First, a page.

Research Article

Topics: All, Political Process

Submission on Autonomous Weapon Systems to the UN Secretary General

The following is the AutoNorms project’s response to Resolution 78/241 on “Lethal autonomous weapons systems” adopted by the United Nations (UN) General Assembly on 22 December 2023. The resolution requests the UN Secretary-General to seek views, including those of Member States, civil society, and the scientific community, on “lethal autonomous weapons systems, inter alia, on ways to address the related challenges and concerns they raise from humanitarian, legal, security, technological and ethical perspectives and on the role of humans in the use of force”. The AutoNorms team welcomes the opportunity for representatives of academia to submit their views on this important and timely topic.

Practices shaping norms on human control in the use of force

The AutoNorms project has examined the trajectories of weapon systems incorporating automated, autonomous and AI technologies, such as air defence systems and loitering munitions. In particular, AutoNorms has investigated the consequences of the development and use of these systems for human decision-making in warfare. Although often discussed in the context of autonomous weapons systems (AWS), existing systems are typically not used “fully autonomously” given that there is always some human decision-making involved along such systems’ lifecycles, for example in the form of humans authorizing attacks.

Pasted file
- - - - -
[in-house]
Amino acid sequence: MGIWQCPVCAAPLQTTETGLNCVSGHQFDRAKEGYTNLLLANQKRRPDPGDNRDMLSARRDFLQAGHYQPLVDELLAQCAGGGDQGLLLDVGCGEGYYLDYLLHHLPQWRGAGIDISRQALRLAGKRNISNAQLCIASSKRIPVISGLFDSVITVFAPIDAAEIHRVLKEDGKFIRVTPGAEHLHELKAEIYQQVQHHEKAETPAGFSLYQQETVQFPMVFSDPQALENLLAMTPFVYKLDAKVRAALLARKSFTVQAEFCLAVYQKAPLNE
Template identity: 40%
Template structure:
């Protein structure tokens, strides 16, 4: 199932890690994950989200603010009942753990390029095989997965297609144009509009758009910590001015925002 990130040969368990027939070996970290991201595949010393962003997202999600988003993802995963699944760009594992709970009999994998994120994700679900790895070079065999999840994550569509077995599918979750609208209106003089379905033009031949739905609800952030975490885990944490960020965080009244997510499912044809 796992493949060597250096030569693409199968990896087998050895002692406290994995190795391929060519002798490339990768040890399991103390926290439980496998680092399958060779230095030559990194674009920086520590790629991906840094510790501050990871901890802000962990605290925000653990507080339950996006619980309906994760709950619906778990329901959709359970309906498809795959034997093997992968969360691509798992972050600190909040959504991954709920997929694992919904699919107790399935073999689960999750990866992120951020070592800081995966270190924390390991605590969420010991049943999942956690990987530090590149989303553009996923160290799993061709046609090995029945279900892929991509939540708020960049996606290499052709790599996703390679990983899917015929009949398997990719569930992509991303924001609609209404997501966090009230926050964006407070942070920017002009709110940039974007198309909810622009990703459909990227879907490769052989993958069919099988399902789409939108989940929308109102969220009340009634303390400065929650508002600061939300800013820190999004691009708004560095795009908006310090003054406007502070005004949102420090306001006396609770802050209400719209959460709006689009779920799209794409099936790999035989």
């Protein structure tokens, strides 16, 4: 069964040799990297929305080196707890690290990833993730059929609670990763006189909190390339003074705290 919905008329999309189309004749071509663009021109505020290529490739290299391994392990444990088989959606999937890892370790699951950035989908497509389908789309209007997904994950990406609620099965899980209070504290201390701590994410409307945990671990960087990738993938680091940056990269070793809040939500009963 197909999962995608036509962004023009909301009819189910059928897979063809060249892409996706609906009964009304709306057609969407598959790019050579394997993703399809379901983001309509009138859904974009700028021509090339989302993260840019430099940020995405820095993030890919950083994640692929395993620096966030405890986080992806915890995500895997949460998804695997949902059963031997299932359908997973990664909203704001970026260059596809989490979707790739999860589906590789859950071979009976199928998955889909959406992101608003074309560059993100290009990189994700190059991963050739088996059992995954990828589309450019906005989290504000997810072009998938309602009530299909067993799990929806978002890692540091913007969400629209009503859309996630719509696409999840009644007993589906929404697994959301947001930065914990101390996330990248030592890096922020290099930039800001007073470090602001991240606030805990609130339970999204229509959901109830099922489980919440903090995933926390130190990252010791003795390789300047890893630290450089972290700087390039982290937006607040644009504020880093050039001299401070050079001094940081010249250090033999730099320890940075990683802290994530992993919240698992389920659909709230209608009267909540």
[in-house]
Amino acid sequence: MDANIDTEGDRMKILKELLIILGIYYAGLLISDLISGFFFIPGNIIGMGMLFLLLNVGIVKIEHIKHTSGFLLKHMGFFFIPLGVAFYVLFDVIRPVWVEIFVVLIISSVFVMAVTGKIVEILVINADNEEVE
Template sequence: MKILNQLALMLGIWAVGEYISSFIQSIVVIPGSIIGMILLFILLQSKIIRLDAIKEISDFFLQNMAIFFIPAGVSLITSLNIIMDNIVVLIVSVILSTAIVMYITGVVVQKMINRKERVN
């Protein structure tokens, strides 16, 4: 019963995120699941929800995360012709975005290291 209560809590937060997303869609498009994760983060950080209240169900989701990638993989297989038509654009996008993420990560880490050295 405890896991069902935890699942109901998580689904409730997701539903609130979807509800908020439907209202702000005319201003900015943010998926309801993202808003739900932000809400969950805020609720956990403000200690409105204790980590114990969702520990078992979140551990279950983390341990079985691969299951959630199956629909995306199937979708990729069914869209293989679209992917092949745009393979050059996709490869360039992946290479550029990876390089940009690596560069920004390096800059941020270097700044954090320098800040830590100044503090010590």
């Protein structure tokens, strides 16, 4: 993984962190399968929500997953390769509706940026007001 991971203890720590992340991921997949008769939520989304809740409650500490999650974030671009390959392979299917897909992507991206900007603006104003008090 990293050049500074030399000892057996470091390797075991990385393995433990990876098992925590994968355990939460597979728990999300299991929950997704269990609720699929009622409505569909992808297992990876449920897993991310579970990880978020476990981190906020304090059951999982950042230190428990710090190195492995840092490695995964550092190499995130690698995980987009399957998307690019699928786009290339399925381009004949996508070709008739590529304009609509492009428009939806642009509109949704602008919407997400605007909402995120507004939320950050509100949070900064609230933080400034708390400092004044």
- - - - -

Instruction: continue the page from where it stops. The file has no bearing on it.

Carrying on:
However, our research demonstrates that the quality of control that human operators can exercise may be compromised due to the complexity of the tasks human operators need to perform and the demands placed on them, such as speed and overseeing many networked systems. Therefore, human control in specific use of force situations may de facto become ‘meaningless’.[1] Autonomous and AI technologies in weapon systems have therefore already transformed human decision-making in warfare. An emerging social norm, or an ‘understanding of appropriateness’,[2] of diminished human control is taking shape through how weapon systems incorporating autonomous and AI technologies have been designed and used. This emerging norm accepts a diminished, reduced quality and form of human control as ‘normal’ and ‘appropriate’.[3]


The governance gap